It's hard enough for your Wi-Fi connection to reach the four corners of your house, let alone the backyard and beyond. To take your computing to the distance, you'll need to seriously boost your Wi-Fi signal.
If you’re hoping to connect remotely, say on a camping trip, where there's no Wi-Fi in sight, you’ll need to address one of two solutions: Enable your wireless plan to turn your phone into a hotspot, or get a Mi-Fi hotspot. These pocket-sized mobile hotspots connect multiple devices through your cellphone carrier. The device itself costs up to $50 with a two-year contract; add in data charges ($20-30 per month) for an expensive but convenient option.
Extending your current Wi-Fi signal to encompass the outdoor area surrounding your home is a little more complicated.
The first and easiest method is to check your router settings. Many current routers support two networking standards: 802.11b and 802.11g. Turn off the 802.11b option — it's older, slower and will clog up your connection speeds. This should give you an extra bar, but probably won't reach the far corners of your yard.
Don't worry about updating your router to a new standard, just yet. New router standards do exist and may give you a stronger signal, but sometimes suffer serious drawbacks, such as compatibility with your current devices. Your old router should work just fine.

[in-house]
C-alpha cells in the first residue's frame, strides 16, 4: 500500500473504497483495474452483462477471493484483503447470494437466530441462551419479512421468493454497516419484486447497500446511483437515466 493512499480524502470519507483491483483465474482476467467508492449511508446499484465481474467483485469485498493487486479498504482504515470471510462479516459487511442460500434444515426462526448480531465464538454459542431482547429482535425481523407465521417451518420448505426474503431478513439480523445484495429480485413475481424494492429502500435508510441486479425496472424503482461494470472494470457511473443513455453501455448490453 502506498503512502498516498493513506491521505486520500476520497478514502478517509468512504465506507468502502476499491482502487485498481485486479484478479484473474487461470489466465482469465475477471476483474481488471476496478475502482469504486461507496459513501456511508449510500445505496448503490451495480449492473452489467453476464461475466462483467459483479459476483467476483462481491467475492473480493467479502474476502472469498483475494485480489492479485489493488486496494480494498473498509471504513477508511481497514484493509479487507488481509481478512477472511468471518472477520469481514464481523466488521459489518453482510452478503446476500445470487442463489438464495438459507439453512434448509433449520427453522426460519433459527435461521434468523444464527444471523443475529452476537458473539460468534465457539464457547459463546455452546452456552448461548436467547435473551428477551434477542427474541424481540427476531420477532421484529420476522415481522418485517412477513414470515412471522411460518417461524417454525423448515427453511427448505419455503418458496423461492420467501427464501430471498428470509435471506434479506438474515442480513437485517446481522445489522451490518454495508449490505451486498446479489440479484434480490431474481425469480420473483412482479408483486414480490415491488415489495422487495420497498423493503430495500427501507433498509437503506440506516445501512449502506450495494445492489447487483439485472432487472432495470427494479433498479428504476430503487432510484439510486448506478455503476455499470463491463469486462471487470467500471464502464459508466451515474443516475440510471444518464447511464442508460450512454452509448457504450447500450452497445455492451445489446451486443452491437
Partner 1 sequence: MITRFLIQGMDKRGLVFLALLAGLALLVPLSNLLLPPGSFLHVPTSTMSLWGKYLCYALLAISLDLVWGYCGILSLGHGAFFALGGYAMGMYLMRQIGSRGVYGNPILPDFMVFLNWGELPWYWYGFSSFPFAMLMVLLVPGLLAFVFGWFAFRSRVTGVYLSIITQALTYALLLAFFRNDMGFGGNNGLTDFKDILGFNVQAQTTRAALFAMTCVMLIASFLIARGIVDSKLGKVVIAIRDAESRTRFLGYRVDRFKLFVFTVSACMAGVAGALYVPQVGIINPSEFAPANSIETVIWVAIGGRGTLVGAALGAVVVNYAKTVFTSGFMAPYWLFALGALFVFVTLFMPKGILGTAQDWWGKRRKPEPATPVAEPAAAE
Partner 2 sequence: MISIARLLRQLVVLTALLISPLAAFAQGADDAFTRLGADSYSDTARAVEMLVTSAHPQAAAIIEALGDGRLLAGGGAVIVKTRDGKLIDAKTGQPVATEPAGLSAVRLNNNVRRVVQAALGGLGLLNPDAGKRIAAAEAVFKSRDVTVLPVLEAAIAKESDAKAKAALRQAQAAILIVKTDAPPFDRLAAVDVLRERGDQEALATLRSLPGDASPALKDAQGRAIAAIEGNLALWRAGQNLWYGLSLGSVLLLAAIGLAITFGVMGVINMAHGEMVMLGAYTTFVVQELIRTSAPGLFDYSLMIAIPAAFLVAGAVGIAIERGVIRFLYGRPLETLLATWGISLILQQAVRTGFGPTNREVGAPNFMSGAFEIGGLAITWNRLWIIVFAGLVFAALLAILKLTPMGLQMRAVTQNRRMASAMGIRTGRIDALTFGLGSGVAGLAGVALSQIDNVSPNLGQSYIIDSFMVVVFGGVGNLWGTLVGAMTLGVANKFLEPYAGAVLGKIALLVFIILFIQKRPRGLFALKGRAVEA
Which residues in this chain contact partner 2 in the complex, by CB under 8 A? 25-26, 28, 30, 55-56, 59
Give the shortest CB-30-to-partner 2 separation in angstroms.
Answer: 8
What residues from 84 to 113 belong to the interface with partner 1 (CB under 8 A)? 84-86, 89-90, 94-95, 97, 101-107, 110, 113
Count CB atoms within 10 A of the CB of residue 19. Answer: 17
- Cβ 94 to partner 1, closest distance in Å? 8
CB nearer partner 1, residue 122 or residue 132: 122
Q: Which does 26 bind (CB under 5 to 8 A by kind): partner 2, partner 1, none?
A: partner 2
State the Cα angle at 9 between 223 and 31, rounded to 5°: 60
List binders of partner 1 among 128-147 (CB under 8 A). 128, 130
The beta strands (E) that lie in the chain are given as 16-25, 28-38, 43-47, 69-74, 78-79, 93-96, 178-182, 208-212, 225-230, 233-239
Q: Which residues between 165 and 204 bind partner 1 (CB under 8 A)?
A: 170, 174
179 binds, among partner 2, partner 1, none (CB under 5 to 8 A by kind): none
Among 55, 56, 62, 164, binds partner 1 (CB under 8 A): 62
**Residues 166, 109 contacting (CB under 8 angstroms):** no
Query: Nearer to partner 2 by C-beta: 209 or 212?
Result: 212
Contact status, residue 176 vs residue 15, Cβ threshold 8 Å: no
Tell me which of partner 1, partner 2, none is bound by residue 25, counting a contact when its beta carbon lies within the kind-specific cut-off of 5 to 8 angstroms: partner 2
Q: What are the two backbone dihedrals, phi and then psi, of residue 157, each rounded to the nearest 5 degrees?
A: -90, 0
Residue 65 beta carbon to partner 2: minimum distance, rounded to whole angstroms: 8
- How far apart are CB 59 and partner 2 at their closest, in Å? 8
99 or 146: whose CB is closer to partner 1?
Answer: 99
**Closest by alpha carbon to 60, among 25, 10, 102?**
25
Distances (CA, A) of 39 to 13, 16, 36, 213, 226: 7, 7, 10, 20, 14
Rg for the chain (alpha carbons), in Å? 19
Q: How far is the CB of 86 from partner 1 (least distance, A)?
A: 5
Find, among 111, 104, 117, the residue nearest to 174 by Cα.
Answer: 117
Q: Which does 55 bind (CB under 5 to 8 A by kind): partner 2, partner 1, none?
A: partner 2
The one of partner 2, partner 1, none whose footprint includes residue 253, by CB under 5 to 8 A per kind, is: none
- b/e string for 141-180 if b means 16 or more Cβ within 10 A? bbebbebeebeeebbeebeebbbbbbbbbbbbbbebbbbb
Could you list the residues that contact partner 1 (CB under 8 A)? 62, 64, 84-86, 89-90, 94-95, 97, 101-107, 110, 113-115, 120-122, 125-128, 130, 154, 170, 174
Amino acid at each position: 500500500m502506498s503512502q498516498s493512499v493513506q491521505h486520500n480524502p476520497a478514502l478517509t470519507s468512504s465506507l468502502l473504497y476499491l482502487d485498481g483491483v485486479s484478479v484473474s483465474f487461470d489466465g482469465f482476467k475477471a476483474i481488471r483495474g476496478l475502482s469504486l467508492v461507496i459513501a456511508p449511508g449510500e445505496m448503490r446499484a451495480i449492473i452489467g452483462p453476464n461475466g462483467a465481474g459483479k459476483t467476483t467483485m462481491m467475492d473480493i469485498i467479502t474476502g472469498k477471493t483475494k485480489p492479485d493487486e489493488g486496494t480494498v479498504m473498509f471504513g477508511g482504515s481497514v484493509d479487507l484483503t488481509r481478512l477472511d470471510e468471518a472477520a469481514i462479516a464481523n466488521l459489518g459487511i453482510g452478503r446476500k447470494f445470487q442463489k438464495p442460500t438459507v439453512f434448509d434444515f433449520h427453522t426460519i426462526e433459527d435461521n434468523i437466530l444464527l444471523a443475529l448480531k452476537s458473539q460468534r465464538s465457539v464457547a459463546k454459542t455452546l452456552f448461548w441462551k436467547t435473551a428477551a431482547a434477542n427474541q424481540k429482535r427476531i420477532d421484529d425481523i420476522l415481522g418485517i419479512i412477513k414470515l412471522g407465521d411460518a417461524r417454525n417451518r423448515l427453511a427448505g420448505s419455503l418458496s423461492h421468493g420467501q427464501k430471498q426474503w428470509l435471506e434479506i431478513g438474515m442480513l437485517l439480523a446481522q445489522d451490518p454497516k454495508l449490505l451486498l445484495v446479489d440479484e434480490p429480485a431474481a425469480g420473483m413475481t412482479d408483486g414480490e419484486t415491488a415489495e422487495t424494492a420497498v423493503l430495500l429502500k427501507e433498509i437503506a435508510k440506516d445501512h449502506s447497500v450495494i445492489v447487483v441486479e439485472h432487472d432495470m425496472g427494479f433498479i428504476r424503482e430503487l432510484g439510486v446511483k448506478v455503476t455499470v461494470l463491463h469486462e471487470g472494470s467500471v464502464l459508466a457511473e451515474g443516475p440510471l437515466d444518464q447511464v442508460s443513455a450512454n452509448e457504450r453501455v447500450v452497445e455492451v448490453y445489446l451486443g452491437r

Next, check the placement of your router. While that unsightly box might detract from your decor, avoid tucking it away in the deep recesses of your home or against an exterior wall. Wi-Fi routers work best without physical barriers, such as cement or brick, blocking their signal. Think of your Wi-Fi signal as a stream of water ripples, constantly moving outward but getting weaker as it expands. Centralize your router in your home, ensuring the strongest signal will reach as far as possible, or position it closer to the outdoor region you're hoping to boost.
If your signal isn't reaching as far as you'd like, you have options, many of which are free or relatively cheap. Remember, not everyone will have the same solution. Changes in something as simple as terrain can have a huge effect on signal strength.
Article Source: http://mashable.com/2013/06/26/better-wifi-signal/